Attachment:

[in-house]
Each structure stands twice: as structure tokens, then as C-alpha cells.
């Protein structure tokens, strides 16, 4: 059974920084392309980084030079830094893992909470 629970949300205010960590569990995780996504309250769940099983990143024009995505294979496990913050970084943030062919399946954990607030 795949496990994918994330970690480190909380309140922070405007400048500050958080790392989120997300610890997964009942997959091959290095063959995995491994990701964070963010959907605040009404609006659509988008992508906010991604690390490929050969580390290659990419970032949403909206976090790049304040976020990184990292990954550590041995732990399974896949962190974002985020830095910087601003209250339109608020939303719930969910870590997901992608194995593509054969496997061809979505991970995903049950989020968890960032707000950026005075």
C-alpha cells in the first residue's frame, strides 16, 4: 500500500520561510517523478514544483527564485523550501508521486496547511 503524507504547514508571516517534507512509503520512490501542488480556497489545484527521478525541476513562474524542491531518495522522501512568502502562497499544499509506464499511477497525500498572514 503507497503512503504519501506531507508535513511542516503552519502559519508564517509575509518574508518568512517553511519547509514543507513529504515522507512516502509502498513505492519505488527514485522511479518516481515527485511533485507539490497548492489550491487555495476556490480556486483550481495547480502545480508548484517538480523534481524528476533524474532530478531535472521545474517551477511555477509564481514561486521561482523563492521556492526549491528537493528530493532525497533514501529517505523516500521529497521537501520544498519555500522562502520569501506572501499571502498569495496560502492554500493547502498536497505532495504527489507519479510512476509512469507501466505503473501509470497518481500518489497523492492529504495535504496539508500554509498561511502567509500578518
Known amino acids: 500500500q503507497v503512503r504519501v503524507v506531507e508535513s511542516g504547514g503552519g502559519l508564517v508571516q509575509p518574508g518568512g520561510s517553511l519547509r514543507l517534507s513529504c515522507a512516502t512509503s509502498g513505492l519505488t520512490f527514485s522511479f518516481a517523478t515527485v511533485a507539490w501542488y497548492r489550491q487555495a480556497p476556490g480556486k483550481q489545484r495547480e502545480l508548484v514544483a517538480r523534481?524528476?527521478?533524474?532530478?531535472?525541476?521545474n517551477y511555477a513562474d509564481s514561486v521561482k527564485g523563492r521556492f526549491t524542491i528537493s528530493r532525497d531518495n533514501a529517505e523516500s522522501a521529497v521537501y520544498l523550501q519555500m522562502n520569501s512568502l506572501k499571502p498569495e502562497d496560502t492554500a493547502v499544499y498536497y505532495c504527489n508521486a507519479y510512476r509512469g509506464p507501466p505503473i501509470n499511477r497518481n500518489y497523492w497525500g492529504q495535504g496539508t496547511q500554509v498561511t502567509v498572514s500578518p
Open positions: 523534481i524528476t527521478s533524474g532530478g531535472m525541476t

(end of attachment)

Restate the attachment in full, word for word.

[in-house]
Each structure stands twice: as structure tokens, then as C-alpha cells.
């Protein structure tokens, strides 16, 4: 059974920084392309980084030079830094893992909470 629970949300205010960590569990995780996504309250769940099983990143024009995505294979496990913050970084943030062919399946954990607030 795949496990994918994330970690480190909380309140922070405007400048500050958080790392989120997300610890997964009942997959091959290095063959995995491994990701964070963010959907605040009404609006659509988008992508906010991604690390490929050969580390290659990419970032949403909206976090790049304040976020990184990292990954550590041995732990399974896949962190974002985020830095910087601003209250339109608020939303719930969910870590997901992608194995593509054969496997061809979505991970995903049950989020968890960032707000950026005075």
C-alpha cells in the first residue's frame, strides 16, 4: 500500500520561510517523478514544483527564485523550501508521486496547511 503524507504547514508571516517534507512509503520512490501542488480556497489545484527521478525541476513562474524542491531518495522522501512568502502562497499544499509506464499511477497525500498572514 503507497503512503504519501506531507508535513511542516503552519502559519508564517509575509518574508518568512517553511519547509514543507513529504515522507512516502509502498513505492519505488527514485522511479518516481515527485511533485507539490497548492489550491487555495476556490480556486483550481495547480502545480508548484517538480523534481524528476533524474532530478531535472521545474517551477511555477509564481514561486521561482523563492521556492526549491528537493528530493532525497533514501529517505523516500521529497521537501520544498519555500522562502520569501506572501499571502498569495496560502492554500493547502498536497505532495504527489507519479510512476509512469507501466505503473501509470497518481500518489497523492492529504495535504496539508500554509498561511502567509500578518
Known amino acids: 500500500q503507497v503512503r504519501v503524507v506531507e508535513s511542516g504547514g503552519g502559519l508564517v508571516q509575509p518574508g518568512g520561510s517553511l519547509r514543507l517534507s513529504c515522507a512516502t512509503s509502498g513505492l519505488t520512490f527514485s522511479f518516481a517523478t515527485v511533485a507539490w501542488y497548492r489550491q487555495a480556497p476556490g480556486k483550481q489545484r495547480e502545480l508548484v514544483a517538480r523534481?524528476?527521478?533524474?532530478?531535472?525541476?521545474n517551477y511555477a513562474d509564481s514561486v521561482k527564485g523563492r521556492f526549491t524542491i528537493s528530493r532525497d531518495n533514501a529517505e523516500s522522501a521529497v521537501y520544498l523550501q519555500m522562502n520569501s512568502l506572501k499571502p498569495e502562497d496560502t492554500a493547502v499544499y498536497y505532495c504527489n508521486a507519479y510512476r509512469g509506464p507501466p505503473i501509470n499511477r497518481n500518489y497523492w497525500g492529504q495535504g496539508t496547511q500554509v498561511t502567509v498572514s500578518p
Open positions: 523534481i524528476t527521478s533524474g532530478g531535472m525541476t